Tenco is one of New Zealand’s largest exporters of forest products. We have built to this position since 1991 when the company was set up to export lumber to growing Asian export markets. Experience and reputation count; from small beginnings Tenco has become the largest independent exporter of New Zealand lumber and New Zealand’s 4th largest log exporter. Tenco has a regular shipping program of their own log vessels and in combination with these and other ships currently calls at 7 New Zealand ports (5 North Island and 2 South Island).
Tenco buys standing forests. Tenco currently has a number of forests which they purchased at harvestable age to log over a number of years for export and domestic markets. Tenco also regularly buys smaller tracts of forest to harvest immediately or immature forests to hold until harvest time. Tenco is interested in broadening the base of owners from whom it purchases forests and stands of trees. A deal with Tenco is a certain transaction. The owner and Tenco will agree on a value of the tree crop and then Tenco will pay this amount to the owner either in a lump sum amount or on rate per volume unit out-turn from the forest depending on the nature of the tree crop.
Tenco knows there are a lot of farmers who have trees that are close or ready to harvest and will be asking themselves how they should proceed with the sale of their trees. For some farmers the kind of certain transaction with money in the bank could well be appealing. Tenco is actively interested in buying harvestable forests or trees from areas including all the North Island (except the Gisborne and East Coast districts) and Nelson & Marlborough in the South Island .
If you own a forest in this area (16 years and older) and are ready to enter into this kind of agreement Tenco is interested to develop something with you.
Please contact: Josh.Bannan@tenco.co.nz
Work: +64 7 357 5356 Mobile: +64 21 921 595 www.tenco.co.nz
President's comment, May 2017
Neil Cullen, from New Zealand Tree Grower May 2017
As the incoming President of the NZFFA I see my role partly as building on the work of previous Presidents. When he was President, Ian Jackson oversaw the introduction of the Forest Growers Levy, became a small-scale forest grower’s representative on the Levy Board, and organised representatives on the specialist committees that deal with the various issues facing the forest industry.
During his term, Dean Satchell, on top of all his other activities, helped establish and chair the Small and Medium Enterprises Committee to improve the lot of small-scale growers using levy funds. The relationship between the NZFFA and FOA has strengthened markedly since the advent of the levy and the involvement in the joint committees. How this relationship evolves was the main topic at our November Council meeting, and with the levy up for a revote in 2019 there will be opportunity to reconsider the structures around the levy and joint committees.These issues will be an ongoing focus for the Executive and the Council.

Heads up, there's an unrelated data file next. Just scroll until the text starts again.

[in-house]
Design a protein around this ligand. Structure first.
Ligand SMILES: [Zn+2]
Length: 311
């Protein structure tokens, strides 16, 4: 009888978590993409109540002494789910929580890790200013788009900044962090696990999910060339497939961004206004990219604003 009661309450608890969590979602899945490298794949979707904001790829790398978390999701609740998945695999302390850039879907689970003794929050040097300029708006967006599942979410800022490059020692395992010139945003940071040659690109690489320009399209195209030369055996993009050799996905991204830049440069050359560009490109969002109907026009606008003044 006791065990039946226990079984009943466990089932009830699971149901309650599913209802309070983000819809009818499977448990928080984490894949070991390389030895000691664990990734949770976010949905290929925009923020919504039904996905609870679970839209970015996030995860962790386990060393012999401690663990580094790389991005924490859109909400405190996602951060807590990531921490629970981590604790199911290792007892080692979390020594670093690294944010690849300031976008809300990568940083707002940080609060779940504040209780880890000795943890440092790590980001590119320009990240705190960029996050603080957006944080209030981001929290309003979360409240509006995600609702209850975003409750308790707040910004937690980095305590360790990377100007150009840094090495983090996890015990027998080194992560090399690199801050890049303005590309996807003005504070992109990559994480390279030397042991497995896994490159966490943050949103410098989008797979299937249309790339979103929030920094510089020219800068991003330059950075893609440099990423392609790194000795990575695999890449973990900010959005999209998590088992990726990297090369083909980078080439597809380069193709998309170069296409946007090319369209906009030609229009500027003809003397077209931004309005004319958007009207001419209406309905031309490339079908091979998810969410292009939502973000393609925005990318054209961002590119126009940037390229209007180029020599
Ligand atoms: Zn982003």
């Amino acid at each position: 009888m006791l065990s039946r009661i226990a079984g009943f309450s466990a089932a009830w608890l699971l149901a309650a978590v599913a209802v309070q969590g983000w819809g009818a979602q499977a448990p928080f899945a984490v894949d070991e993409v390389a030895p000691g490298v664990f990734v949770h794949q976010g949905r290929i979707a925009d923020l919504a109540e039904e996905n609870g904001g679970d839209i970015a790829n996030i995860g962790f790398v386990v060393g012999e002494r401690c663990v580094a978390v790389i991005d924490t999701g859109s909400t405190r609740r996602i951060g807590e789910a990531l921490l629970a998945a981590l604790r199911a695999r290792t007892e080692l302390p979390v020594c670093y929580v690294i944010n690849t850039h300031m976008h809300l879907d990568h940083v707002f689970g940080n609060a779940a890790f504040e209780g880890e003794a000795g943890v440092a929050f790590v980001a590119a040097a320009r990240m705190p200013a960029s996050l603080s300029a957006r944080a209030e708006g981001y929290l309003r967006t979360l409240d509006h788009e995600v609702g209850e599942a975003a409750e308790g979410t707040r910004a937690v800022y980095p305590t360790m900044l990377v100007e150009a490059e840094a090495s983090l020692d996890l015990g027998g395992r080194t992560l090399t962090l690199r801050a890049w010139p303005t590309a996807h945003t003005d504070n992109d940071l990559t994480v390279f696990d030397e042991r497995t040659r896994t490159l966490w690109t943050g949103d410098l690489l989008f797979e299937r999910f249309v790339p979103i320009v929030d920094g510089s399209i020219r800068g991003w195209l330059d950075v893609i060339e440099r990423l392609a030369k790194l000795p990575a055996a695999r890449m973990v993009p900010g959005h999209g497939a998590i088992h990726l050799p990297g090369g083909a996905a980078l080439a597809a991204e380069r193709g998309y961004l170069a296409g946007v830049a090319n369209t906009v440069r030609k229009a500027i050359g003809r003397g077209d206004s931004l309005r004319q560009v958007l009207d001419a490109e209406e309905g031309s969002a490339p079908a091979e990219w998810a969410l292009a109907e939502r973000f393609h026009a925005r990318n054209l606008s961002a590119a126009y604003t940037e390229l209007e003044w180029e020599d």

Our thanks go to the recently resigned Association Manager Glenn Tims for his loyal service over nearly three years. In particular, his work on the levy roadshows and encouragement of branches are appreciated. Finding a replacement for Glenn is a priority for the Executive.
Last month’s conference in Feilding organised by Middle Districts was a very enjoyable experience. Not only did it show off that region’s features, forests and leading farm foresters very well, but also provided a forum for farm foresters to meet and learn from scientists and forest research developers.
Now that we are a fully engaged partner in research programmes such as Steepland Harvesting, it is important that we see the results of $3.9 million of levy funds and matching government support. At the field demonstration at Greenoch Forest north of Whanganui we were able to see some of the sophisticated equipment in action which has been developed to make harvesting in steep terrain safer and more productive. With so much of the North Island hill country being vulnerable to erosion and likely to become uneconomical for livestock farming, this research is very timely. I think the conference organisers had a very good balance of field visits with the options catering for all interests. No doubt Nelson will be keen to match or outdo them when they host the conference next year.
Congratulations to all the award winners for 2017. Their stories will feature elsewhere in the Tree Grower and I urge members within driving distance to attend the field days later in the year that will be held at their properties. Our thanks go to sponsors Husqvarna and New Zealand Landcare Trust for their ongoing and valued support. A special mention also for the Distinguished Service Award winner Bruce Bulloch, our Treasurer. The fact that this is the second time he has had this award is indication of how much he has done for the NZFFA, not only in keeping track of our finances but behind the scenes keeping systems working and providing words of wisdom as required.
The Ministry for Primary Industries and the Sustainable Farming Fund are holding two events at Hamilton and Lincoln this month to celebrate the milestone of funding 1,000 projects since it began in 2000. As an important participant and beneficiary of this fund the NZFFA have agreed to host a trade stand at both days where we will provide updates and information on past and current Sustainable Farming Fund projects. It will also be an opportunity for networking with scientists, project leaders and Sustainable Farming Fund managers. My thanks to those who have done the preparatory work for the trade stands.(top)